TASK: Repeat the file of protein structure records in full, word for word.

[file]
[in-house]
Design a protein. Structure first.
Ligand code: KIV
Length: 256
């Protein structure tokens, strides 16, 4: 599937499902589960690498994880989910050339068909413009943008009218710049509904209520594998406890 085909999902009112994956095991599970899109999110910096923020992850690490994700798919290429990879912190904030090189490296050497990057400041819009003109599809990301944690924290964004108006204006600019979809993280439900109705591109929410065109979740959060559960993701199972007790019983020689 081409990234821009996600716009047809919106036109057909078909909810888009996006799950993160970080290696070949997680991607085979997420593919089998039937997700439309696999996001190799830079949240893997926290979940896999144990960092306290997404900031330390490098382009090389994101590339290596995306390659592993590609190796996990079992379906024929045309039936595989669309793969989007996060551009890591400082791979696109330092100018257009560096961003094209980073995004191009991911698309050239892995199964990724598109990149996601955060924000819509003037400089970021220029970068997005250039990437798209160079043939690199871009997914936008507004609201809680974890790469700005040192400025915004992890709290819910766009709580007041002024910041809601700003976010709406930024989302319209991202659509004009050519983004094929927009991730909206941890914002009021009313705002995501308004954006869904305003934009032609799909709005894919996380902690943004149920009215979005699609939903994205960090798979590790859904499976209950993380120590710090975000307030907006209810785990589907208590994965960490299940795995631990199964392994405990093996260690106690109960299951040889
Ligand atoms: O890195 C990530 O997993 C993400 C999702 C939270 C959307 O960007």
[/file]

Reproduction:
[in-house]
Design a protein. Structure first.
Ligand code: KIV
Length: 256
């Protein structure tokens, strides 16, 4: 599937499902589960690498994880989910050339068909413009943008009218710049509904209520594998406890 085909999902009112994956095991599970899109999110910096923020992850690490994700798919290429990879912190904030090189490296050497990057400041819009003109599809990301944690924290964004108006204006600019979809993280439900109705591109929410065109979740959060559960993701199972007790019983020689 081409990234821009996600716009047809919106036109057909078909909810888009996006799950993160970080290696070949997680991607085979997420593919089998039937997700439309696999996001190799830079949240893997926290979940896999144990960092306290997404900031330390490098382009090389994101590339290596995306390659592993590609190796996990079992379906024929045309039936595989669309793969989007996060551009890591400082791979696109330092100018257009560096961003094209980073995004191009991911698309050239892995199964990724598109990149996601955060924000819509003037400089970021220029970068997005250039990437798209160079043939690199871009997914936008507004609201809680974890790469700005040192400025915004992890709290819910766009709580007041002024910041809601700003976010709406930024989302319209991202659509004009050519983004094929927009991730909206941890914002009021009313705002995501308004954006869904305003934009032609799909709005894919996380902690943004149920009215979005699609939903994205960090798979590790859904499976209950993380120590710090975000307030907006209810785990589907208590994965960490299940795995631990199964392994405990093996260690106690109960299951040889
Ligand atoms: O890195 C990530 O997993 C993400 C999702 C939270 C959307 O960007």